Monday, September 1, 2014

A thought on Labor Day at the construction site

Working in a 24/7 occupation, I have to work this Labor Day. Not that I haven’t become accustomed to it; I haven’t had Thanksgiving, Christmas or New Year’s Day “off” for the past seven years. Nevertheless, that doesn’t mean that isn’t anything to “celebrate” on this day. Now, “diversity” apparently means different things to different people. At the airport there a few construction projects being done; one is the light rail “extension”—apparently of another 20 blocks—and a large parcel of about 10 acres is being leveled off, for a not widely known reason. Frankly, this latter project is of no interest or use to me, save in one respect: The composition of its workforce, which seems to be 100 percent white male. 

Well, I did see one “ethnic” female for a couple of weeks, but only just long enough as required to hold up a “slow” and “stop”  sign, and push a broom during the leveling a short stretch. Come to think of it, there were also a half-dozen white females on site at one point. However, I’m not sure the mostly blondes with hardhats were actually construction workers, since I have never seen them do anything except talk, walk around or observe the goings-on. Perhaps it was a female-owned firm, which satisfied any “diversity” requirement of the Port of Seattle—or just Port employees “supervising” the goings-on. But this is a kind of “diversity” that a cynic may call just another version of “white”—hardly meriting the lofty “moral” standards of the term. It seemed to me that the construction firm was just part of the Port’s “good old boy” network.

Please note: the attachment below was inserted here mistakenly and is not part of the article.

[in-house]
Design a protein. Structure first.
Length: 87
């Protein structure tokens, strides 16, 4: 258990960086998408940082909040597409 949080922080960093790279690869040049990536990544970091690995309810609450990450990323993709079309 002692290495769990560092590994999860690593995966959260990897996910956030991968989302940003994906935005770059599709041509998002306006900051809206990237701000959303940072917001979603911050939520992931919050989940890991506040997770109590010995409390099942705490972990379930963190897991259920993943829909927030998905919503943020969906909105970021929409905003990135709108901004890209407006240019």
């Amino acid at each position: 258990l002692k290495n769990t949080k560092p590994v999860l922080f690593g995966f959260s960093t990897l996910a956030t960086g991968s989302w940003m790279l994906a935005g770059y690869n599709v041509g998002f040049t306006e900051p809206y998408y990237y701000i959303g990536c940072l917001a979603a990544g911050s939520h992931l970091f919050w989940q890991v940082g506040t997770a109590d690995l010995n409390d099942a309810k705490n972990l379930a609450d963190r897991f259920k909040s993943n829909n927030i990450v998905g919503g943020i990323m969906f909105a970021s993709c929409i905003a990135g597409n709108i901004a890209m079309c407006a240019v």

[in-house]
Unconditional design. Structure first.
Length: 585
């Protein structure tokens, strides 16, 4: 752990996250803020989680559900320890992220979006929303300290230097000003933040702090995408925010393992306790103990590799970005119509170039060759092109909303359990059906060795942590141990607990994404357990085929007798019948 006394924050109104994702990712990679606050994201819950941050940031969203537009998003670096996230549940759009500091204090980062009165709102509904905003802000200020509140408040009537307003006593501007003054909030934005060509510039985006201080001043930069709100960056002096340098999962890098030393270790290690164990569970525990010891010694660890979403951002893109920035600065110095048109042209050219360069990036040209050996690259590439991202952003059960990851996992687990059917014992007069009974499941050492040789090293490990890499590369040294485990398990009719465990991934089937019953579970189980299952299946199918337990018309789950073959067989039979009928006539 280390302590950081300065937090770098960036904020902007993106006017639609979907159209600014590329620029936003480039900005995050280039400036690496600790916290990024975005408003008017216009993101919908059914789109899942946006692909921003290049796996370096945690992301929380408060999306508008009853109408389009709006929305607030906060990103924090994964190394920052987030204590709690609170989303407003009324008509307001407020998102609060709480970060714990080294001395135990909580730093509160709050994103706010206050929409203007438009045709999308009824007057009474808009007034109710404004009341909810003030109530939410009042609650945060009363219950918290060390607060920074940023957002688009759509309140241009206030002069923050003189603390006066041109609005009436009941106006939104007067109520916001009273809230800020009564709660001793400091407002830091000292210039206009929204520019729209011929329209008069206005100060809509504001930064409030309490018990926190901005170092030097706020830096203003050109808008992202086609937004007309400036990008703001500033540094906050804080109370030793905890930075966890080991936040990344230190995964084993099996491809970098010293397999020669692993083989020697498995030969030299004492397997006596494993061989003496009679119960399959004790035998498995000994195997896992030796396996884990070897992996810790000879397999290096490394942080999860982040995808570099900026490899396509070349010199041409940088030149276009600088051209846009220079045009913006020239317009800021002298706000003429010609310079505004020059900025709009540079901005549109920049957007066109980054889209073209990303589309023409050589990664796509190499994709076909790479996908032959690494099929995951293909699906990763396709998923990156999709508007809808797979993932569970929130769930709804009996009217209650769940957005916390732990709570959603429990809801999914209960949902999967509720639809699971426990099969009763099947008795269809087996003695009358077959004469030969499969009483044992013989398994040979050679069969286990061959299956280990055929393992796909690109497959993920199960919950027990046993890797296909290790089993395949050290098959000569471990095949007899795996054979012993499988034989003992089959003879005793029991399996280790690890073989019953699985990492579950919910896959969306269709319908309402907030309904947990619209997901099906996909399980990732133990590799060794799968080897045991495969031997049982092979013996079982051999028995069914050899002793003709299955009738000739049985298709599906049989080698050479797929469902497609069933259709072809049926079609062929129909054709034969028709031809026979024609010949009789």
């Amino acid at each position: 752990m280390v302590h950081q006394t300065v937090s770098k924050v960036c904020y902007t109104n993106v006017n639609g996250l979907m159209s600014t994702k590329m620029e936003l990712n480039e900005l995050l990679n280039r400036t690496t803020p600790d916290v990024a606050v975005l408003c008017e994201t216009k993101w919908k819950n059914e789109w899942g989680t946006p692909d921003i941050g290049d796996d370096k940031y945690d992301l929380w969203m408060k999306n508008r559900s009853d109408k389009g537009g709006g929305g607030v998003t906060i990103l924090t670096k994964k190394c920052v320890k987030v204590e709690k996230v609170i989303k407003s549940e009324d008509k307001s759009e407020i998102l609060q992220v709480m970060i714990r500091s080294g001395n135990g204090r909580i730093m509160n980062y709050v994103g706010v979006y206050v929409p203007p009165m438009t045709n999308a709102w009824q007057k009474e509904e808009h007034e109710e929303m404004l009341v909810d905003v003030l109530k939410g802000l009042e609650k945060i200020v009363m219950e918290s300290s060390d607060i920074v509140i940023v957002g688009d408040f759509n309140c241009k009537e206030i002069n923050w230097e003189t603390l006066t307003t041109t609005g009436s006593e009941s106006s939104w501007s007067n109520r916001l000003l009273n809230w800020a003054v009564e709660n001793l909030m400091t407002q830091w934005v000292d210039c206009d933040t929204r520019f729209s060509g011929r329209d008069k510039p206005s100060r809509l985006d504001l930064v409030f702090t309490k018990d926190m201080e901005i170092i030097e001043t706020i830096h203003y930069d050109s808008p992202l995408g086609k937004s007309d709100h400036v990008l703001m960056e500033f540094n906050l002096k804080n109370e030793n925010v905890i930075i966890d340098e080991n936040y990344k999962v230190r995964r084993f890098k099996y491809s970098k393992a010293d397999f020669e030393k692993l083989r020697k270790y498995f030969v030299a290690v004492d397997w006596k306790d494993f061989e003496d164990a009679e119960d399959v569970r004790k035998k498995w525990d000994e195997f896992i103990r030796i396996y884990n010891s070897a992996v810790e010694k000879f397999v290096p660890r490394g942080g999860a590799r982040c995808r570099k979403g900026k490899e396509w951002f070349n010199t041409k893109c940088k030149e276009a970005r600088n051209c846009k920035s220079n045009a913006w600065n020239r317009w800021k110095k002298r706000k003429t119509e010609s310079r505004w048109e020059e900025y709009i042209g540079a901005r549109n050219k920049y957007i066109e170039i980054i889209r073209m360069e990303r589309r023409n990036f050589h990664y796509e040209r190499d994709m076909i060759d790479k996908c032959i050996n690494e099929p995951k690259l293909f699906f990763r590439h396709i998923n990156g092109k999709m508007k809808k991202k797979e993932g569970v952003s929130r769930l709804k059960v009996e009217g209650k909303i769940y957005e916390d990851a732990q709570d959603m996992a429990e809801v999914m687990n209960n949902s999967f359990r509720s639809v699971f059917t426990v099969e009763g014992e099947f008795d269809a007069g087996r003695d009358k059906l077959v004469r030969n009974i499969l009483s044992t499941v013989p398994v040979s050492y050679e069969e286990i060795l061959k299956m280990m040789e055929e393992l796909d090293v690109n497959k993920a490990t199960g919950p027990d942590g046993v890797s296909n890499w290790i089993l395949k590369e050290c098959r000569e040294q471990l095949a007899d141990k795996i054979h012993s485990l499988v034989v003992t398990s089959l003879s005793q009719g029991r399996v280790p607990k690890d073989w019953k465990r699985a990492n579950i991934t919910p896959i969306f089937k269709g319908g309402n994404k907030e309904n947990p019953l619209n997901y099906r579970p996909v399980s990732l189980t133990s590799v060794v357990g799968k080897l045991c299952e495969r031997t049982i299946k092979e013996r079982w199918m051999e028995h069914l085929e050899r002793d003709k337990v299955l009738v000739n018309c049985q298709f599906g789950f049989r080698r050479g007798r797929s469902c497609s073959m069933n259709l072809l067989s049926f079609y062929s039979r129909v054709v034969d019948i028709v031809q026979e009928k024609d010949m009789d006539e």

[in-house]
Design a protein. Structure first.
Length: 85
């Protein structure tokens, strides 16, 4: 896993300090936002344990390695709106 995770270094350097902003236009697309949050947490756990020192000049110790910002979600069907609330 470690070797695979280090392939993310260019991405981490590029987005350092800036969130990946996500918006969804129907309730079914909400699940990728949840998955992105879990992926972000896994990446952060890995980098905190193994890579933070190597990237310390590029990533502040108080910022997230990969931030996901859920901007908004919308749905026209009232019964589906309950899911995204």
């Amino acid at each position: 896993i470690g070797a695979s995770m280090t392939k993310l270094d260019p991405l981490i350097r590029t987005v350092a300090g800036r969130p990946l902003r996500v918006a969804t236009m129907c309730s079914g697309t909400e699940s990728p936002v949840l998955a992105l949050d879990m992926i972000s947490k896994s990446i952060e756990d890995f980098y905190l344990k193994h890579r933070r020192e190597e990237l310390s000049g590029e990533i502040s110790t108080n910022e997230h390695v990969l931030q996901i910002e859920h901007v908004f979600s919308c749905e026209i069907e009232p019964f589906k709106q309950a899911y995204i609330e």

Now, let’s take another example of “diversity,” this time a rental housing construction in Kent near the public library. Yes, believe it or not, a Seattle firm was contracted to build it that actually practices diversity in its work force. White, black, Latino and Asian workers have all been in evidence during the course of its construction. Perhaps not as diverse as it could be, because I haven’t seen so many female construction workers present; but then again, that isn’t necessarily true of any construction site, either—save for “traffic control.” However, I would be remiss not to note that there are plenty of occupations in which women (or rather, white women) are the “preferred” employee of choice, such as in office occupations and those service jobs that employers believe “require” a public relations gimmick.

True diversity, of course, is thus not exactly a common practice in the construction business. In fact, during the first month or so of work at the Kent site, there were “protesters” present who held-up a banner proclaiming that the contractor was guilty of “unfair” labor practices. I asked one of the project’s construction workers’ what they were protesting about, and he just shrugged and said they were complaining about jobs. So it was not the construction workers on this project who making this complaint; it was white construction workers who thought it “unfair” to them that a contractor was being employed who has the bad manners of practicing the fair employment that it proclaimed of on its website. To the protesters unused to working in a truly diverse occupation, it just didn’t seem “right”—it was “discriminatory” against the status quo in the industry. It just never occurs to them that their racial attitudes are the problem.

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